Saturday, February 17, 2007

Myths, Fallacies and Dishonesty in a time of War.

The DNR is once again lost in the web of Myths and Fallacies. First of all let's make a false assumption concerning the Congressional debate about stopping the war in Iraq.
"They (Democrats) are engaging not just in dishonesty and deceit, but in behavior dangerous to American troops."

Now let's set up a false choice.
"If they (Democrats) think the war is unwinnable then they should cut off all funding immediately, period. No strings. No attachments."

Restating myths as truth or demanding false choices is the height of dishonesty, yet in today's editorial our fearless, feckless DNR editor proclaims them loudly and with a sincere conviction as absolute truth.

The myth in question is stated and elaborated eloquently by William E. Odom, Washington Post. Read the entire article here.
"We must continue to fight in order to "'support the troops.'"

Everyone supports the troops. NO ONE has ever advocated stranding troops in the field, depriving them of equipment, armor, ammunition, or field support. De-funding wars is how Congress exerts control and oversight, a normal part of a working democracy. A working democracy is a good bit less efficient than an all powerful Leader who can simply issue an executive order or attach a signing statement.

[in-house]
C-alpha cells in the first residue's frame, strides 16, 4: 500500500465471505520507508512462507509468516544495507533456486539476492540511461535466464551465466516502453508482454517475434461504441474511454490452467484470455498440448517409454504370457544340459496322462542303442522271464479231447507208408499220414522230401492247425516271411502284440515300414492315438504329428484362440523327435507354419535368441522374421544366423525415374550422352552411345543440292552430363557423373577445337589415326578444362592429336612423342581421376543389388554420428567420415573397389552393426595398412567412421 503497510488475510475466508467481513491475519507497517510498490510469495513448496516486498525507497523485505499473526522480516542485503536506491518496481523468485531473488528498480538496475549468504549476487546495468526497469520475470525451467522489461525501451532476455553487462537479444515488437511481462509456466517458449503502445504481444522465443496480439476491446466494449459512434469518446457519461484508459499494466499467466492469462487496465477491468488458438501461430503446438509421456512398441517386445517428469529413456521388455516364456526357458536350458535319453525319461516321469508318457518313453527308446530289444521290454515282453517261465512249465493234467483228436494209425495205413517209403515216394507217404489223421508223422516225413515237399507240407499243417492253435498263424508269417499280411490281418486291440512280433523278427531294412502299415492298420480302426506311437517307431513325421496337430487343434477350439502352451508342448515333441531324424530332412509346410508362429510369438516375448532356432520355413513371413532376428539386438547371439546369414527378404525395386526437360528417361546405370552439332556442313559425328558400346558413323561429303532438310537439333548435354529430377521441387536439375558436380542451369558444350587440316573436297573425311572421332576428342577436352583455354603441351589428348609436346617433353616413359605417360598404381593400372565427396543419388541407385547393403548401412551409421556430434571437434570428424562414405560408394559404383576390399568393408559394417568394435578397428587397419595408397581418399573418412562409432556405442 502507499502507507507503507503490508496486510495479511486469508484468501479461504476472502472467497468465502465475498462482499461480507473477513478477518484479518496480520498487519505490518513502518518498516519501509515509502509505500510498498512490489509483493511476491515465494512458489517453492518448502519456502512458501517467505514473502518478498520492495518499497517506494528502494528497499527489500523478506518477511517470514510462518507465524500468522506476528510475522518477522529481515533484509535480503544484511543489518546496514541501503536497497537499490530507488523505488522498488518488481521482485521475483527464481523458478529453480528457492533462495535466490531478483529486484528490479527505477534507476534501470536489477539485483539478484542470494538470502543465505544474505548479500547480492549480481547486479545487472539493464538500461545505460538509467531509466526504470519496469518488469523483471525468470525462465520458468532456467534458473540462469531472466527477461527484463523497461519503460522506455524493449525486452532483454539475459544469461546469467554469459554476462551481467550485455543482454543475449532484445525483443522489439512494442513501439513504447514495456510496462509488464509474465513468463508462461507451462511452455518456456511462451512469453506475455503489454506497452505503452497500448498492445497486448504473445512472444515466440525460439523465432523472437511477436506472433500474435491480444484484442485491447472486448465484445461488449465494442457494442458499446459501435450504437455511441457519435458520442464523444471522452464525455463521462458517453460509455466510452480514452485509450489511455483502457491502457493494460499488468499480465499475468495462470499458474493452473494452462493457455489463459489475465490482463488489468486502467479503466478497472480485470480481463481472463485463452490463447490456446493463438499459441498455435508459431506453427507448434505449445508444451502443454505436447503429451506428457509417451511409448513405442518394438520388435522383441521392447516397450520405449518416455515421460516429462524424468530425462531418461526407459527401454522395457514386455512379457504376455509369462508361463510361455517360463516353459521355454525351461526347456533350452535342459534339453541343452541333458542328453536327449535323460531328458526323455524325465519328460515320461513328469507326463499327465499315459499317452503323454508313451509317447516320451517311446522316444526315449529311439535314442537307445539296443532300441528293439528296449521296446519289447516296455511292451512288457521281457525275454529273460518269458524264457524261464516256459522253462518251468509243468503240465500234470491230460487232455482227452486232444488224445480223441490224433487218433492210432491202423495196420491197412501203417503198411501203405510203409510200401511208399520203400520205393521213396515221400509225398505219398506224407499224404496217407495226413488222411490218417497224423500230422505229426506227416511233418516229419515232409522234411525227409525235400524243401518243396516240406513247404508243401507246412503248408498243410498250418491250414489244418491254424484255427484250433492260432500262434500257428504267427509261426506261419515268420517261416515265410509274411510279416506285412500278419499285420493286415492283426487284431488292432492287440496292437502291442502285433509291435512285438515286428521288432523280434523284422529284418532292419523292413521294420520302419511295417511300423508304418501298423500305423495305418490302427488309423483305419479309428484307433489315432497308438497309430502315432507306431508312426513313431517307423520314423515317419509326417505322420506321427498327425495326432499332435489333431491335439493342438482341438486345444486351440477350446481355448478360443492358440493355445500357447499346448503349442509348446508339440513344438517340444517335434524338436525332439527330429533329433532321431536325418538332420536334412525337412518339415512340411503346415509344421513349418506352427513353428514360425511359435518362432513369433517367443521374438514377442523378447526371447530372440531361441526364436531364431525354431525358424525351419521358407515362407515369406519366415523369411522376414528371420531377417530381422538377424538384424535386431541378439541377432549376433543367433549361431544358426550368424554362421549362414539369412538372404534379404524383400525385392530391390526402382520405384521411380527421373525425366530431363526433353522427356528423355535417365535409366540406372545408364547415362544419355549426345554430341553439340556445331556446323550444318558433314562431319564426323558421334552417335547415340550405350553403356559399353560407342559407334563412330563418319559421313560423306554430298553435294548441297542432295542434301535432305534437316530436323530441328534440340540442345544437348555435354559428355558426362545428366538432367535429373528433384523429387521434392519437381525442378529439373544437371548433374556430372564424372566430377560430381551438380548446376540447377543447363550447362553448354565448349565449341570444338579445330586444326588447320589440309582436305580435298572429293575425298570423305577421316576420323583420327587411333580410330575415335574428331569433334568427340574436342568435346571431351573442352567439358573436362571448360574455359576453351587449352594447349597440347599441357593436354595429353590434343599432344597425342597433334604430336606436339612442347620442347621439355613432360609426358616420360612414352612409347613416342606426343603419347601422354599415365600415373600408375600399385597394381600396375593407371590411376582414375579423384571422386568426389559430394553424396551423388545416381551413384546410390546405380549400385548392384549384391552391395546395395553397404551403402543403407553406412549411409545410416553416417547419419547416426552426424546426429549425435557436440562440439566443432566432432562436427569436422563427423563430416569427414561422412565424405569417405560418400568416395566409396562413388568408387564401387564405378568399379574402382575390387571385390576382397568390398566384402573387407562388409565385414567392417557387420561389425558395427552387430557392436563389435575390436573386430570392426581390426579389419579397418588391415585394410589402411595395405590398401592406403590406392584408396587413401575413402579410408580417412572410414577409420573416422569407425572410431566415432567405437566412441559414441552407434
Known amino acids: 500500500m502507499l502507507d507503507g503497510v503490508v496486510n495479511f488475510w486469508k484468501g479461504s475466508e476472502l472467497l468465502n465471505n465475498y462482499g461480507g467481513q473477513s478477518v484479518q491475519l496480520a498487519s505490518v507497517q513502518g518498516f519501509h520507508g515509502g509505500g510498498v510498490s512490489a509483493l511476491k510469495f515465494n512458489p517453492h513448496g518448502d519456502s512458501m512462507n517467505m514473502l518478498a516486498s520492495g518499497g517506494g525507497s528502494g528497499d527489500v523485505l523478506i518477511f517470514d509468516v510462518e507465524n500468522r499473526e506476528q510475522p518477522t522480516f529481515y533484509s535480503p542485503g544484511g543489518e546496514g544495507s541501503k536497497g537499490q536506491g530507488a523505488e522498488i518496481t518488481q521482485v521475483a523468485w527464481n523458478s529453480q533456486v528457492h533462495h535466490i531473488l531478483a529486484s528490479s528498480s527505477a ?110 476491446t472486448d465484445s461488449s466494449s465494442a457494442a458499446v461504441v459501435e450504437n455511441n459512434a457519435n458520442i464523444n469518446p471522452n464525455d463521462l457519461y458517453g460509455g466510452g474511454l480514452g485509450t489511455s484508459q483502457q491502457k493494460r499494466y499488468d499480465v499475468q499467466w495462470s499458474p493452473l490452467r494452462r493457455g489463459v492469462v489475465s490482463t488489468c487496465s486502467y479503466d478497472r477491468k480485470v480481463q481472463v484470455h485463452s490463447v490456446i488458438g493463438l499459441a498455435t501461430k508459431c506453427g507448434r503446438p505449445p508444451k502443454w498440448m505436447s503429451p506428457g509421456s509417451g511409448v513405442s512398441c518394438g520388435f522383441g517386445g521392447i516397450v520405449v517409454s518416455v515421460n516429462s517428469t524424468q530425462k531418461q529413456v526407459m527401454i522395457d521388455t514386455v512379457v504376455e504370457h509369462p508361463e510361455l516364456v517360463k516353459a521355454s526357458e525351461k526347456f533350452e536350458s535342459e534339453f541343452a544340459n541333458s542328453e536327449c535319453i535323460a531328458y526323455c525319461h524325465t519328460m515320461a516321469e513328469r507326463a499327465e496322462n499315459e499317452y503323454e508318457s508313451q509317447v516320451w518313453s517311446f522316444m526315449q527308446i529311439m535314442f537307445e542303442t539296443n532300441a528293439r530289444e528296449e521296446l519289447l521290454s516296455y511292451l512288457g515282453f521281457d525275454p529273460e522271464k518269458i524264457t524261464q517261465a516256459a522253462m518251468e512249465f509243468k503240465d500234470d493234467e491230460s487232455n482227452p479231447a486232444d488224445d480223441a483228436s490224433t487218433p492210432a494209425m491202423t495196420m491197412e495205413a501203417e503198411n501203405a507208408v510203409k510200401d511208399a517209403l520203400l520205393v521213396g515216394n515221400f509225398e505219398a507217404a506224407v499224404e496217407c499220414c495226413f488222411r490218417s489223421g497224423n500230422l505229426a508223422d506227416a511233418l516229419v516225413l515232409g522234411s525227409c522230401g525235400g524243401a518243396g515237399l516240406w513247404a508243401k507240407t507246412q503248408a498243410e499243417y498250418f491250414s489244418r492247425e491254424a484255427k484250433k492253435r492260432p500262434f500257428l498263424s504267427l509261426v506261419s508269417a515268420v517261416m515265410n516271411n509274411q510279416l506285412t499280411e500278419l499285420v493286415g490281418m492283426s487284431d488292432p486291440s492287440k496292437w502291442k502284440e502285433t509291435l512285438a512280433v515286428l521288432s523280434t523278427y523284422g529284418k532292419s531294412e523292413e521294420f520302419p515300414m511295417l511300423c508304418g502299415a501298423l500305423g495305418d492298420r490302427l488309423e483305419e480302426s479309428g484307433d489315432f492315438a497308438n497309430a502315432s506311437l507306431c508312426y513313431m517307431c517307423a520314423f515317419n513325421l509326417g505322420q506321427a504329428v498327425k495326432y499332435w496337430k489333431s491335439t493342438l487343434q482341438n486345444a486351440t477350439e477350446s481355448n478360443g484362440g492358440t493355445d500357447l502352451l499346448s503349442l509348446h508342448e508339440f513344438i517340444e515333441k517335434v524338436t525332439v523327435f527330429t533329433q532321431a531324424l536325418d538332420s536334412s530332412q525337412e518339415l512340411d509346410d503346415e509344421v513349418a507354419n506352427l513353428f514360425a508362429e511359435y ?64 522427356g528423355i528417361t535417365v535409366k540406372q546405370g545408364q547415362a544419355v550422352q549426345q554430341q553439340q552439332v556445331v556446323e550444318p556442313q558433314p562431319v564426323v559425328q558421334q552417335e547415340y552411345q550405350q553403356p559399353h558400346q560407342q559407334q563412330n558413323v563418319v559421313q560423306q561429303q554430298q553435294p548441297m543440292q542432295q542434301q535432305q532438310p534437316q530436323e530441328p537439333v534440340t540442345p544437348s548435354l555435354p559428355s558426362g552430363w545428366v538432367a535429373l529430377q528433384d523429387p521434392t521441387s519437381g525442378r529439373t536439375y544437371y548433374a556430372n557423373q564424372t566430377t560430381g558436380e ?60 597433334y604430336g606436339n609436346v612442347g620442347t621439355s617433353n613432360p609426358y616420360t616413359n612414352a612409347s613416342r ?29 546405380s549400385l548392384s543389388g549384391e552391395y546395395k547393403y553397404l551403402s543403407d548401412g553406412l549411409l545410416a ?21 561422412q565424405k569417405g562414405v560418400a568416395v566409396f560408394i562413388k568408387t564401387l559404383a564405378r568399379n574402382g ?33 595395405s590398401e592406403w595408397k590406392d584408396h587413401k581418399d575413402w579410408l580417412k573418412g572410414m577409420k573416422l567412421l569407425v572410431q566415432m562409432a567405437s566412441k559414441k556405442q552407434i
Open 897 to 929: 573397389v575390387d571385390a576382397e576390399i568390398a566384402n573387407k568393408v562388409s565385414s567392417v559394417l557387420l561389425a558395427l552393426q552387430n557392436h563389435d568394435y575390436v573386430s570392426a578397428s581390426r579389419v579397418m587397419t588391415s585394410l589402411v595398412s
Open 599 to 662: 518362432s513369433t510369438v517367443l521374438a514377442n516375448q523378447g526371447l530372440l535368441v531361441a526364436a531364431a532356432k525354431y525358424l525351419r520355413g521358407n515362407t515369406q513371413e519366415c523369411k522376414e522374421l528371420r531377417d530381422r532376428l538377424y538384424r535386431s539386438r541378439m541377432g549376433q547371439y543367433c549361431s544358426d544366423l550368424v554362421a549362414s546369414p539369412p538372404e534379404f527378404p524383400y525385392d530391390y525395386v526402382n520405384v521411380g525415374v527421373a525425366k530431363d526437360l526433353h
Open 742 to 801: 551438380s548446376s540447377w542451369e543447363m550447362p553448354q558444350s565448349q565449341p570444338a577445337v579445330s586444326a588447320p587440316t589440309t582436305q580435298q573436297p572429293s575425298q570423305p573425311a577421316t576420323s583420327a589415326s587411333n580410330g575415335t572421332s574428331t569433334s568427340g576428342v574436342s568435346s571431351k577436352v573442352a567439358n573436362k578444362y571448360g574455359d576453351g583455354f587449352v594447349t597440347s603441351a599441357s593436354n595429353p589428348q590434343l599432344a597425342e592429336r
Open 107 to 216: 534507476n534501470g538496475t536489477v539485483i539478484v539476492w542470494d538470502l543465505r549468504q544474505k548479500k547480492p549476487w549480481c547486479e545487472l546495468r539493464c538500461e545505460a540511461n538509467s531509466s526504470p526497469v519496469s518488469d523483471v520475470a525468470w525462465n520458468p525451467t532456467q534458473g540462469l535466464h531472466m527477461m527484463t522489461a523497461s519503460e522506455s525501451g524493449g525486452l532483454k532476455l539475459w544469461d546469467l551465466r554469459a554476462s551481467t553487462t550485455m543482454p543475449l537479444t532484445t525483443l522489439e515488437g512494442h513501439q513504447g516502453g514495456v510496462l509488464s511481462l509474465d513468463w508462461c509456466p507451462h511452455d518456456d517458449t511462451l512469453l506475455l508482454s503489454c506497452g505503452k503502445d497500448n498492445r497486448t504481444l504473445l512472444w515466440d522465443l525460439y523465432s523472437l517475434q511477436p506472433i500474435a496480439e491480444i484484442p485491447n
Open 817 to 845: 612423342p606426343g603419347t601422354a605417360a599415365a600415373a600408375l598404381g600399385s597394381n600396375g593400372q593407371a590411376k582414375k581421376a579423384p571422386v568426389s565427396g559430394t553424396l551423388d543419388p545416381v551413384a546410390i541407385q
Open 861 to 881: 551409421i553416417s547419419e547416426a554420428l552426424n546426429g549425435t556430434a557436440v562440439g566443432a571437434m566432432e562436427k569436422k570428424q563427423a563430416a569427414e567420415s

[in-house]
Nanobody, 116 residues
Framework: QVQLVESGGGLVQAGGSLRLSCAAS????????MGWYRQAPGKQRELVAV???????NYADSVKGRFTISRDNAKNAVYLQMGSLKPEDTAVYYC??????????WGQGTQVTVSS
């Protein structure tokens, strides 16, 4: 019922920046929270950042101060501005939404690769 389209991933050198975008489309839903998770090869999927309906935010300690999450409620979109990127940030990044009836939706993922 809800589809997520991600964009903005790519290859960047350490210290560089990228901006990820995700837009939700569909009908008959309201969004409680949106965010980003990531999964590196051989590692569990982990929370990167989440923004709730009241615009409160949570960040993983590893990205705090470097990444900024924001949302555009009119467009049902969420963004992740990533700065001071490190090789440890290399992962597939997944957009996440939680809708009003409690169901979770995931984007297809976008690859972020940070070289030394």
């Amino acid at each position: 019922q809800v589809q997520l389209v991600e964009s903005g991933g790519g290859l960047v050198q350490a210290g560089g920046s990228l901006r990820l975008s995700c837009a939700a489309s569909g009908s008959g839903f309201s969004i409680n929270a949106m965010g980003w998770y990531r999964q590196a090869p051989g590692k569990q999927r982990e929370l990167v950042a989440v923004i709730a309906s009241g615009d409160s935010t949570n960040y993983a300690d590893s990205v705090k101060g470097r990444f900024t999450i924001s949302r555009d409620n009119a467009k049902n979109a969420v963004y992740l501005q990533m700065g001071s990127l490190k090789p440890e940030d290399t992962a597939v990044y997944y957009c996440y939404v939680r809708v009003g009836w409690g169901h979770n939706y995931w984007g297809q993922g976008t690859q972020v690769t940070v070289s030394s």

Congress is simply following the will of 70% of Americans who want the war to end. Dude! It's not just the Democrats! It's Democrats, Republicans, Historians, the Military, the State Department, and ALL of the Intelligence Agencies.

Then, as Mr. Odom also points out,
"(The) strangest aspect of this rationale for continuing the war is the implication that the troops are somehow responsible for deciding to continue the president's course. That political and moral responsibility belongs to the president, not the troops."

Telling Congress to wave it's magic wand to stop all funding and then say that it's undercutting the troops in doing so is a myth, dishonest and a little silly. Myths belong in fairy tales not in editorial journalism.

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